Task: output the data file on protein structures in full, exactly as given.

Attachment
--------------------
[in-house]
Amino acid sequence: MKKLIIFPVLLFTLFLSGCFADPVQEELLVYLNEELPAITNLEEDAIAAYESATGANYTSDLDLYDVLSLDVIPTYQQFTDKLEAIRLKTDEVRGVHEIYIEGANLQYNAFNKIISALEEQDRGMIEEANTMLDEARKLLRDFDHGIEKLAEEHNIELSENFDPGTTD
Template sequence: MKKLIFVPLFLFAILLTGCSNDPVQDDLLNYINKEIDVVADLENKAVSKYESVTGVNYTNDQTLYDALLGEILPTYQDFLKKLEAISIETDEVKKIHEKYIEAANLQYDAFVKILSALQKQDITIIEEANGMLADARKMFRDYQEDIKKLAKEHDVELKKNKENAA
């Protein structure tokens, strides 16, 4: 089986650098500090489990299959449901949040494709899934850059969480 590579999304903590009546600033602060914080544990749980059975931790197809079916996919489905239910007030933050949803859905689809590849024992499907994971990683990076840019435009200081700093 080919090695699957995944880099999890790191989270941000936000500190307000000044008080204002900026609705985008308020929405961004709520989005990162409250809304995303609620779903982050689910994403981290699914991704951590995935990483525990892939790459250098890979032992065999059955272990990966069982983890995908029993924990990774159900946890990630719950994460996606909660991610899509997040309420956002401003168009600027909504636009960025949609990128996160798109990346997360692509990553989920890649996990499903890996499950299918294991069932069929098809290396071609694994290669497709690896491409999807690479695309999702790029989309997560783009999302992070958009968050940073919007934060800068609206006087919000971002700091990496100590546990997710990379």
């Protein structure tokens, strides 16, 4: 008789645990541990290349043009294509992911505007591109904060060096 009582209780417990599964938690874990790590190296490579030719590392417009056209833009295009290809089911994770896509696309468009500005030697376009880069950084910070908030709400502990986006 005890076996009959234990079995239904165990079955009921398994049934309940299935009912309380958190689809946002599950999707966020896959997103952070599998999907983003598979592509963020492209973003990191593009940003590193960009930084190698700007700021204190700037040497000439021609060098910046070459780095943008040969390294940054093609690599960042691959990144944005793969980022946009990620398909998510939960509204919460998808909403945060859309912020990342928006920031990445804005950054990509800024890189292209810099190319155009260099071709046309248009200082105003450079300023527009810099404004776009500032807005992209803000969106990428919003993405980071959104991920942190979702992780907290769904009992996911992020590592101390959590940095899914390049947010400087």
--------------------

[in-house]
Amino acid sequence: MKKLIIFPVLLFTLFLSGCFADPVQEELLVYLNEELPAITNLEEDAIAAYESATGANYTSDLDLYDVLSLDVIPTYQQFTDKLEAIRLKTDEVRGVHEIYIEGANLQYNAFNKIISALEEQDRGMIEEANTMLDEARKLLRDFDHGIEKLAEEHNIELSENFDPGTTD
Template sequence: MKKLIFVPLFLFAILLTGCSNDPVQDDLLNYINKEIDVVADLENKAVSKYESVTGVNYTNDQTLYDALLGEILPTYQDFLKKLEAISIETDEVKKIHEKYIEAANLQYDAFVKILSALQKQDITIIEEANGMLADARKMFRDYQEDIKKLAKEHDVELKKNKENAA
């Protein structure tokens, strides 16, 4: 089986650098500090489990299959449901949040494709899934850059969480 590579999304903590009546600033602060914080544990749980059975931790197809079916996919489905239910007030933050949803859905689809590849024992499907994971990683990076840019435009200081700093 080919090695699957995944880099999890790191989270941000936000500190307000000044008080204002900026609705985008308020929405961004709520989005990162409250809304995303609620779903982050689910994403981290699914991704951590995935990483525990892939790459250098890979032992065999059955272990990966069982983890995908029993924990990774159900946890990630719950994460996606909660991610899509997040309420956002401003168009600027909504636009960025949609990128996160798109990346997360692509990553989920890649996990499903890996499950299918294991069932069929098809290396071609694994290669497709690896491409999807690479695309999702790029989309997560783009999302992070958009968050940073919007934060800068609206006087919000971002700091990496100590546990997710990379």
């Protein structure tokens, strides 16, 4: 008789645990541990290349043009294509992911505007591109904060060096 009582209780417990599964938690874990790590190296490579030719590392417009056209833009295009290809089911994770896509696309468009500005030697376009880069950084910070908030709400502990986006 005890076996009959234990079995239904165990079955009921398994049934309940299935009912309380958190689809946002599950999707966020896959997103952070599998999907983003598979592509963020492209973003990191593009940003590193960009930084190698700007700021204190700037040497000439021609060098910046070459780095943008040969390294940054093609690599960042691959990144944005793969980022946009990620398909998510939960509204919460998808909403945060859309912020990342928006920031990445804005950054990509800024890189292209810099190319155009260099071709046309248009200082105003450079300023527009810099404004776009500032807005992209803000969106990428919003993405980071959104991920942190979702992780907290769904009992996911992020590592101390959590940095899914390049947010400087």